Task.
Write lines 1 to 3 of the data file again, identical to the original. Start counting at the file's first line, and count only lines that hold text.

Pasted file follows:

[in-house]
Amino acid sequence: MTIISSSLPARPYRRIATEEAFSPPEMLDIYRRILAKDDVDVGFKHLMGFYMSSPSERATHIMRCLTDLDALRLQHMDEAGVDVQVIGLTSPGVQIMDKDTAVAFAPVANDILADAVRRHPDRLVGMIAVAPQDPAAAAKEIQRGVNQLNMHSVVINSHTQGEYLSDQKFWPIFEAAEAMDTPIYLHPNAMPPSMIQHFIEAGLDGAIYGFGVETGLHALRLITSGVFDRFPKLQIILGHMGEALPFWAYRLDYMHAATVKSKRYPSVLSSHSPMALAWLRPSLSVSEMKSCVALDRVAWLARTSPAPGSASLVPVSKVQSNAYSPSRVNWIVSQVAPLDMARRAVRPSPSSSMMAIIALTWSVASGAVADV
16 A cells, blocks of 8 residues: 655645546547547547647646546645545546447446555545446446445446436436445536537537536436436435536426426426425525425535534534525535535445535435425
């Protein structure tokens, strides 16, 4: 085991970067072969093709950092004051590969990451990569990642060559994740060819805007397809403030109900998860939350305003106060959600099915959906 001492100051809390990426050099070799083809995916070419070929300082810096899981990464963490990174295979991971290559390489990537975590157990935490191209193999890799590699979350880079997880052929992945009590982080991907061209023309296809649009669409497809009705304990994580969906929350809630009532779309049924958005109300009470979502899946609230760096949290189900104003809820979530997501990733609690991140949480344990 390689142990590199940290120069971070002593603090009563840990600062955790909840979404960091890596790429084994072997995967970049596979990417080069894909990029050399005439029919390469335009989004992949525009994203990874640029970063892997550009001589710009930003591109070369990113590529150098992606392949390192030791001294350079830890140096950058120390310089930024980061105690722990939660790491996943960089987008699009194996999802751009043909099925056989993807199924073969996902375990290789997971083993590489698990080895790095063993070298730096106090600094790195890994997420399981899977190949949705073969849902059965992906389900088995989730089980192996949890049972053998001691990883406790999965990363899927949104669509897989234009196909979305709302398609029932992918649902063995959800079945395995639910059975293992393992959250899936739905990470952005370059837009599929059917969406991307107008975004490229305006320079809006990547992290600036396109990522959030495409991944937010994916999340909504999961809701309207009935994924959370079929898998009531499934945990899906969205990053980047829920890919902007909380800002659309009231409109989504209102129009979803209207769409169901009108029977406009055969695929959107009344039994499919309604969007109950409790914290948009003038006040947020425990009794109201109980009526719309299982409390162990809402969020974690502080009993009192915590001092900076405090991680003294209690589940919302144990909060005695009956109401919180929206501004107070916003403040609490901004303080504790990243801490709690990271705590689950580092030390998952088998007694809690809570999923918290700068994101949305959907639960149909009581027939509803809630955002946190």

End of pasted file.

[in-house]
Amino acid sequence: MTIISSSLPARPYRRIATEEAFSPPEMLDIYRRILAKDDVDVGFKHLMGFYMSSPSERATHIMRCLTDLDALRLQHMDEAGVDVQVIGLTSPGVQIMDKDTAVAFAPVANDILADAVRRHPDRLVGMIAVAPQDPAAAAKEIQRGVNQLNMHSVVINSHTQGEYLSDQKFWPIFEAAEAMDTPIYLHPNAMPPSMIQHFIEAGLDGAIYGFGVETGLHALRLITSGVFDRFPKLQIILGHMGEALPFWAYRLDYMHAATVKSKRYPSVLSSHSPMALAWLRPSLSVSEMKSCVALDRVAWLARTSPAPGSASLVPVSKVQSNAYSPSRVNWIVSQVAPLDMARRAVRPSPSSSMMAIIALTWSVASGAVADV
16 A cells, blocks of 8 residues: 655645546547547547647646546645545546447446555545446446445446436436445536537537536436436435536426426426425525425535534534525535535445535435425